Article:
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Topic: Is B-fast really the most important meal of day?< Next Oldest | Next Newest >
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PostIcon Posted on: Sep. 05 2013, 8:20 am  Skip to the next post in this topic. Ignore posts   QUOTE

As for morning breakfast...I have always thought how critical it was to gobble something prior to taking off in the morning.

Usually a FBC bag of plain quick oatmeal I mix with cinnamon, raisins and walnuts or almonds.  Coffee/tea and probably a bit more almond raisin gorp.

After we hit the trail, I've noticed that I tend to bonk after about half an hour and need to eat a protein bar, (is protein the only word that doesn't follow the i before e except after c rule?) to ward off the shakes.

It hit me last time out, (we were doing a 25+/- weekend), that I NEVER eat anything before a 3 to 7 mile morning run and never had an issue w/lack of energy.  In fact I always detested late afternoon races as I could feel breakfast sloshing around while I ran.

So, on day two which was 11+ miles, I decided to forgo my breakfast and see what happened.  I always carry these Met Rx 32 gram protein bars, so I figured I'd chomp on one of those if I felt tired......

I felt no let down at all...nibbled along the way later on but did not need that break half an hour in.

Has anyone else experienced this?


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PostIcon Posted on: Sep. 05 2013, 8:32 am Skip to the previous post in this topic. Skip to the next post in this topic. Ignore posts   QUOTE

My own experience is the same.  During the week, I eat breakfast before 8 and I'm starving before noon for lunch.  On the weekends when I'm far more likely to be doing a lot of walking, I rarely eat anything before about 1 pm and feel just fine.

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PostIcon Posted on: Sep. 05 2013, 8:53 am Skip to the previous post in this topic. Skip to the next post in this topic. Ignore posts   QUOTE

Yeah I forgot to mention that.

I usually eat at the office around 6-6:30 and by 11 I am ready to eat my steering wheel..(I drive around a lot)...


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PostIcon Posted on: Sep. 05 2013, 8:58 am Skip to the previous post in this topic. Skip to the next post in this topic. Ignore posts   QUOTE

I always eat breakfast and then pack. It allows time for digestion to start and get something into your system. Then think about this... you haven't eaten for a significant time period before breakfast.

QUOTE
is protein the only word that doesn't follow the i before e except after c rule?

weird
neighbor
weigh
neigh
foreign
neither/either
receive
deceive
ceiling
eight
and countless others


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PostIcon Posted on: Sep. 05 2013, 10:05 am Skip to the previous post in this topic. Skip to the next post in this topic. Ignore posts   QUOTE

Umm, receive, deceive, ceiling, all have the "c" that is in the rule.  Other examples you gave are what wcolucci was looking for.  

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PostIcon Posted on: Sep. 05 2013, 10:13 am Skip to the previous post in this topic. Skip to the next post in this topic. Ignore posts   QUOTE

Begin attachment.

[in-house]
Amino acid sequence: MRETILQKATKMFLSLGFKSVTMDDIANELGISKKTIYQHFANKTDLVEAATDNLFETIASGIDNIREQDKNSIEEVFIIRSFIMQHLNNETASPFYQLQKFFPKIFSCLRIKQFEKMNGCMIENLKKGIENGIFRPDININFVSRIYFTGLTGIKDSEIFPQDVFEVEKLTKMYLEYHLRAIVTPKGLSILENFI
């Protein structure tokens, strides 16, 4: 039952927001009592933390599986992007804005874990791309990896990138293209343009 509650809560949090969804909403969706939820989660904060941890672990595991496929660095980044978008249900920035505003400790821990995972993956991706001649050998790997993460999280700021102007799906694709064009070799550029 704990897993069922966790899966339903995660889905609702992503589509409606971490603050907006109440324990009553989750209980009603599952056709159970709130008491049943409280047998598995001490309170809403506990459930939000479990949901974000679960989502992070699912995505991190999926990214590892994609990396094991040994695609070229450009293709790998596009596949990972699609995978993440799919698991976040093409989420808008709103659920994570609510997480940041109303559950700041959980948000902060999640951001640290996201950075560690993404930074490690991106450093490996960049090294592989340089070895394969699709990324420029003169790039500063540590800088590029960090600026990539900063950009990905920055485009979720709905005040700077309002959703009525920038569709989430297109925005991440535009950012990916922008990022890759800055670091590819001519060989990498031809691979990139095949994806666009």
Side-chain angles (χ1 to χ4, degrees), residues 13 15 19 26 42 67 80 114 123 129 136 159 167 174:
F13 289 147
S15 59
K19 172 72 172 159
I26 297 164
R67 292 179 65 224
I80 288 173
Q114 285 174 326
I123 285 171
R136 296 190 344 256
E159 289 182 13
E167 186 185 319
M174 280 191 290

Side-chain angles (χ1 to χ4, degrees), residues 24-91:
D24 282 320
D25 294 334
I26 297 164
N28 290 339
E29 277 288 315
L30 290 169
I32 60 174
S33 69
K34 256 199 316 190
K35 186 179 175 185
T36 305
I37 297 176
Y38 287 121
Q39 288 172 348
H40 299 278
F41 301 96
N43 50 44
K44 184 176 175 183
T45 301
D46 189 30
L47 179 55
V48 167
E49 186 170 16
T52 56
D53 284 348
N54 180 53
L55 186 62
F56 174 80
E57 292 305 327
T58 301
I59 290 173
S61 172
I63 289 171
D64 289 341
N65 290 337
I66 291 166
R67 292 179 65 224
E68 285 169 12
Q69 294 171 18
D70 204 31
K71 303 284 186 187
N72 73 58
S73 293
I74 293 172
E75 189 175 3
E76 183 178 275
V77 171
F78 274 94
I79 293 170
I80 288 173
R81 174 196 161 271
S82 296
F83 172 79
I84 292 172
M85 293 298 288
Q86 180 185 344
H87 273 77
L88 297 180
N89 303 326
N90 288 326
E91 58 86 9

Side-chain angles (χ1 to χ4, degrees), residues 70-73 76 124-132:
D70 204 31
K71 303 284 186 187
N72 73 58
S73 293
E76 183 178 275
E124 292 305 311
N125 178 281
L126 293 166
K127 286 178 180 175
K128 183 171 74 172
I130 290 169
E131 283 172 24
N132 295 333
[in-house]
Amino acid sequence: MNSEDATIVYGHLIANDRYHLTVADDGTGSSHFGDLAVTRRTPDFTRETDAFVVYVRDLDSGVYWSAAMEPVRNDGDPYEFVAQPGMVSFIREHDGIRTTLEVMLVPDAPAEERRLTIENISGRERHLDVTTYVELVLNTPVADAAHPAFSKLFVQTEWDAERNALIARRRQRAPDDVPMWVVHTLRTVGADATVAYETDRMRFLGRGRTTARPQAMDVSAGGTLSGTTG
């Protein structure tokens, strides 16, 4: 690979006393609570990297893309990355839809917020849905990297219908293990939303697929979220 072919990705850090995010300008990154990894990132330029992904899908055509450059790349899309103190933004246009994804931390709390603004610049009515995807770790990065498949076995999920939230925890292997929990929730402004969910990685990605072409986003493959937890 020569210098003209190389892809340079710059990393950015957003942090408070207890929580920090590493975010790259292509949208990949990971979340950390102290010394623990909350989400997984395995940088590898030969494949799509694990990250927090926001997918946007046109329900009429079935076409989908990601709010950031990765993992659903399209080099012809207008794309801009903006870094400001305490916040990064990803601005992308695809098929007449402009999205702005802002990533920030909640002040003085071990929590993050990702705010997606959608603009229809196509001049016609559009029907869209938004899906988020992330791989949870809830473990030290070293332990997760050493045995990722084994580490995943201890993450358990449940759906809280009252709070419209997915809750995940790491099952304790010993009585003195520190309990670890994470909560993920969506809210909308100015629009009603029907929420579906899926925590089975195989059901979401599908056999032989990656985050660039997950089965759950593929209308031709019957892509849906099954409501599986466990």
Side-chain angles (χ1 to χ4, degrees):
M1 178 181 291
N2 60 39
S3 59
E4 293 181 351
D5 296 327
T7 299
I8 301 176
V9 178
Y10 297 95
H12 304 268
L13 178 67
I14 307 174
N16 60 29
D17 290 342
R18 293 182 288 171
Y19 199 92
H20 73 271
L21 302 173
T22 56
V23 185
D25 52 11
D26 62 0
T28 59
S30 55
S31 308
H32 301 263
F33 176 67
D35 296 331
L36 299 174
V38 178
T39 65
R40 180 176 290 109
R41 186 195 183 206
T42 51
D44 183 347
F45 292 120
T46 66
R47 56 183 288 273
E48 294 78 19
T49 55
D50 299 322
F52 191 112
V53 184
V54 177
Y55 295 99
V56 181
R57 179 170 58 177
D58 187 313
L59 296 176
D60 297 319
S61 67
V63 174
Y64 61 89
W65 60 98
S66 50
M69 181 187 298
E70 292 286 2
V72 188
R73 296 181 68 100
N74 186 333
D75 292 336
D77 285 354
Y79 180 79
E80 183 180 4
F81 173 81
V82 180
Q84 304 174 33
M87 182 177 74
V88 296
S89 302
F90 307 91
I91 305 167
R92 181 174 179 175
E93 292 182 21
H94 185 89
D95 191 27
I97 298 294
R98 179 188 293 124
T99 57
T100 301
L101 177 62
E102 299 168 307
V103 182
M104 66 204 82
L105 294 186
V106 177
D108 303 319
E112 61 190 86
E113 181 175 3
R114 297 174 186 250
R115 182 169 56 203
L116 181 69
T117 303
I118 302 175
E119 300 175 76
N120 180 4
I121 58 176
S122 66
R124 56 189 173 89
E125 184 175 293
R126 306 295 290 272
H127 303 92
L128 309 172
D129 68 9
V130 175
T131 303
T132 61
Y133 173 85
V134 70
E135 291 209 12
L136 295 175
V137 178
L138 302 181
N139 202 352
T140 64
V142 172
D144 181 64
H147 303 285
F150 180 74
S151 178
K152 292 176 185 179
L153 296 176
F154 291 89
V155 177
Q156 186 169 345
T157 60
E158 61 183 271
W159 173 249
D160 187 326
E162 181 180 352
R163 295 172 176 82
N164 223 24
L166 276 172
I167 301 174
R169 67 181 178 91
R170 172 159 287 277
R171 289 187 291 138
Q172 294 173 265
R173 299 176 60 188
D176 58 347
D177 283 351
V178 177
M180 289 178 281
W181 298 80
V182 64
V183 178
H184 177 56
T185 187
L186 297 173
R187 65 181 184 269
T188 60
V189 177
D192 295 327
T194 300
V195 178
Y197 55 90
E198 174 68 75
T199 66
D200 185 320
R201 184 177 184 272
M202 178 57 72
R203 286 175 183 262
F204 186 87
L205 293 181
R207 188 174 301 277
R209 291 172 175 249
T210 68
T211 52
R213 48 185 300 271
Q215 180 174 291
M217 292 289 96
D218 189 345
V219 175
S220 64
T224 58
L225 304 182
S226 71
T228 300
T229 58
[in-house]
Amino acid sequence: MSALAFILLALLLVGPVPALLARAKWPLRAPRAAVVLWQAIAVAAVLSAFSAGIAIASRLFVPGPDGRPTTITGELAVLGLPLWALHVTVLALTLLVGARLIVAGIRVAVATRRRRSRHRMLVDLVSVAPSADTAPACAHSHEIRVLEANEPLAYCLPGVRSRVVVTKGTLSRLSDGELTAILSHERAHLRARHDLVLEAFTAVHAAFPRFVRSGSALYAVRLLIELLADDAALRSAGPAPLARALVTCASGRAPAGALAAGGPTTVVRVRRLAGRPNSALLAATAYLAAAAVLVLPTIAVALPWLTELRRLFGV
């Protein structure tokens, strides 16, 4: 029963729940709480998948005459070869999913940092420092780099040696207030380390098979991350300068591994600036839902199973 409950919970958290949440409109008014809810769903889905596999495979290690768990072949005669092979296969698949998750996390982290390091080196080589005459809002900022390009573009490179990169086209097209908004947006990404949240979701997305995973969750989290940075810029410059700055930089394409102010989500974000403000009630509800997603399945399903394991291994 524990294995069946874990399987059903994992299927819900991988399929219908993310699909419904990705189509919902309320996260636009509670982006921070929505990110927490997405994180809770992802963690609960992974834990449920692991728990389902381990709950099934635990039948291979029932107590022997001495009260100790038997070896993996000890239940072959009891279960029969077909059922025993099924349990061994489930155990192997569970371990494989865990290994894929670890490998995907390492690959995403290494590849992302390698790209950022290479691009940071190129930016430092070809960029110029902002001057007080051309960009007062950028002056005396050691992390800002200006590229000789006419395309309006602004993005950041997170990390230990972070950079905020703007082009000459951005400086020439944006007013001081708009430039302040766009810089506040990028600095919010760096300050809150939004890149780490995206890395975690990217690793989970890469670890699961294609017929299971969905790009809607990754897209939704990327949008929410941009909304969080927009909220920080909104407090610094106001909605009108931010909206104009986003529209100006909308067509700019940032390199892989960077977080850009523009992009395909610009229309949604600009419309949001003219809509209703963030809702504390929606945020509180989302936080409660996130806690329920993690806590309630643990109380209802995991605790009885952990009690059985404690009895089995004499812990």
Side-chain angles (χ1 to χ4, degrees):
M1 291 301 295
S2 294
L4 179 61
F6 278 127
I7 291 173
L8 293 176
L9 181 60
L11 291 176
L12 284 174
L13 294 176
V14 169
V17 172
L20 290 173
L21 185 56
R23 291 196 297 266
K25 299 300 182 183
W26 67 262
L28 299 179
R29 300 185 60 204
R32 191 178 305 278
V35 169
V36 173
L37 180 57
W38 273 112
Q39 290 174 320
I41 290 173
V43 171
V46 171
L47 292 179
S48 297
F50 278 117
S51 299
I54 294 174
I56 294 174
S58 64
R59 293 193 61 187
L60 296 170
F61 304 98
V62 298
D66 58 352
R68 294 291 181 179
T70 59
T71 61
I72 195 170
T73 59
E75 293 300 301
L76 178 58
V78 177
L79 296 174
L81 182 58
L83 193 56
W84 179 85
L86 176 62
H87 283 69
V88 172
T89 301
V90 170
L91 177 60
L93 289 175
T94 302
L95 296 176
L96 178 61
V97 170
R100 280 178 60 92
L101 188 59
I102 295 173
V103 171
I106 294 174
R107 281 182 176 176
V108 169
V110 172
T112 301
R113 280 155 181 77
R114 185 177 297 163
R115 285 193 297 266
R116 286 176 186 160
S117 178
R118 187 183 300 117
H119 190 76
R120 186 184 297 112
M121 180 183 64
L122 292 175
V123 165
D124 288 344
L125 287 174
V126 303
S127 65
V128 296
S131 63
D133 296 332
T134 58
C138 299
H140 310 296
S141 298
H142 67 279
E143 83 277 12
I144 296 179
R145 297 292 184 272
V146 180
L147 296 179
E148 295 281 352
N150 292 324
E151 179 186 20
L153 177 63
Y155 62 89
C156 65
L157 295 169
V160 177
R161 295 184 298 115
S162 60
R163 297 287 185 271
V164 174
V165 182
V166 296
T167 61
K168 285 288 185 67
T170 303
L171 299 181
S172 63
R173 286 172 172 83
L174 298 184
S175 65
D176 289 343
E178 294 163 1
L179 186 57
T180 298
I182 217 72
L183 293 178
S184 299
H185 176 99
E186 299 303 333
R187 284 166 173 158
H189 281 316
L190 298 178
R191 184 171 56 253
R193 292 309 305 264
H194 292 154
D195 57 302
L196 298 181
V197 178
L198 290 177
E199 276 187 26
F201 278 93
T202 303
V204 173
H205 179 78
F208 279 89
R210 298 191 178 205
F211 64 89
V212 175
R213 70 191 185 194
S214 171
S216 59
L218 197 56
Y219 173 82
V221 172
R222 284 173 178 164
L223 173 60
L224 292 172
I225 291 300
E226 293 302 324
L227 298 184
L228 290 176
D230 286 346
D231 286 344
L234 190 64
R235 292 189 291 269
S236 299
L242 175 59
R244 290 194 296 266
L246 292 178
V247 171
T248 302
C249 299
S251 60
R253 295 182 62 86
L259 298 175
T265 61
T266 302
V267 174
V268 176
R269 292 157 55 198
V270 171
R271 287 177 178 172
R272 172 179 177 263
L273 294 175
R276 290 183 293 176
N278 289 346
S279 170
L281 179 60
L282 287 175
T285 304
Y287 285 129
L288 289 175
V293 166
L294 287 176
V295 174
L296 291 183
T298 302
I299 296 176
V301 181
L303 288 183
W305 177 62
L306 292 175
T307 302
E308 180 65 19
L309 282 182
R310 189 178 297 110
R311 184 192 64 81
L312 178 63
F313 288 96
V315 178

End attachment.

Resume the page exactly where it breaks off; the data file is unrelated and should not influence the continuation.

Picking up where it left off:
Oops...

I went online and looked and there were 2 lists: one does, one doesn't. I inadvertently (read:stupidly) looked at the wrong one for those.


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PostIcon Posted on: Sep. 05 2013, 12:00 pm Skip to the previous post in this topic. Skip to the next post in this topic. Ignore posts   QUOTE

Sounds like too much carbs to me.  Try just eating your protein bars.

I usually eat instant grits loaded with real bacon bits and olive oil.  Don't even need a snack for two hours.


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PostIcon Posted on: Sep. 05 2013, 12:38 pm Skip to the previous post in this topic. Skip to the next post in this topic. Ignore posts   QUOTE


(Montanalonewolf @ Sep. 05 2013, 6:58 am)
QUOTE
I always eat breakfast and then pack. It allows time for digestion to start and get something into your system. Then think about this... you haven't eaten for a significant time period before breakfast.

QUOTE
is protein the only word that doesn't follow the i before e except after c rule?

weird
neighbor
weigh
neigh
foreign
neither/either
receive
deceive
ceiling
eight
and countless others

The rule I learned growing up was "i before e except after c, or when sounding like "a" as in neighbor and weigh."

In which case neither/either, weird and foreign break the rule, but not the others.  English is awesome. :D


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 Post Number: 9
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PostIcon Posted on: Sep. 05 2013, 12:58 pm Skip to the previous post in this topic. Skip to the next post in this topic. Ignore posts   QUOTE

Agree with both assessments--that English is awesome, and that more protein is needed at breakfast.  I've been working on that, though our oatmeal has lots of nuts and milk, which is a start.  At home I eat a bowl of plain yogurt with fruit, but that's harder on the trail.  

Shelf-stable bacon and sometimes FD eggs help stave off the hungries.

I really don't function without breakfast, though I do wonder if part of that is that I don't hydrate enough when, say, I have to run before I eat.  Back when I did long trail runs, I always at least had toast (and coffee) before running.


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PostIcon Posted on: Sep. 05 2013, 2:49 pm Skip to the previous post in this topic. Skip to the next post in this topic. Ignore posts   QUOTE

At home I eat a bowl of plain yogurt with fruit, but that's harder on the trail.  

not if you start with fresh whole milk....by day three you should be all set!!

Probably right about the carb overload

neighbor & weigh....hmmm never heard that one growing up.

The benefits of a public edumacation


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PostIcon Posted on: Sep. 05 2013, 3:37 pm Skip to the previous post in this topic. Skip to the next post in this topic. Ignore posts   QUOTE

I'm not really interesting in carrying the weight of yogurt, as yogurt or starting as milk.  

Hey, I had a public education and I learned about neighbor and weigh!  But there was a period in there when they were really opposed to teaching kids rules like that.


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PostIcon Posted on: Sep. 05 2013, 4:03 pm Skip to the previous post in this topic. Skip to the next post in this topic. Ignore posts   QUOTE

I typically have nuts and some dried fruit for breakfast when on the trail. Oatmeal rarely feels enough for me. And I make an effort to hydrate at breakfast on the trail.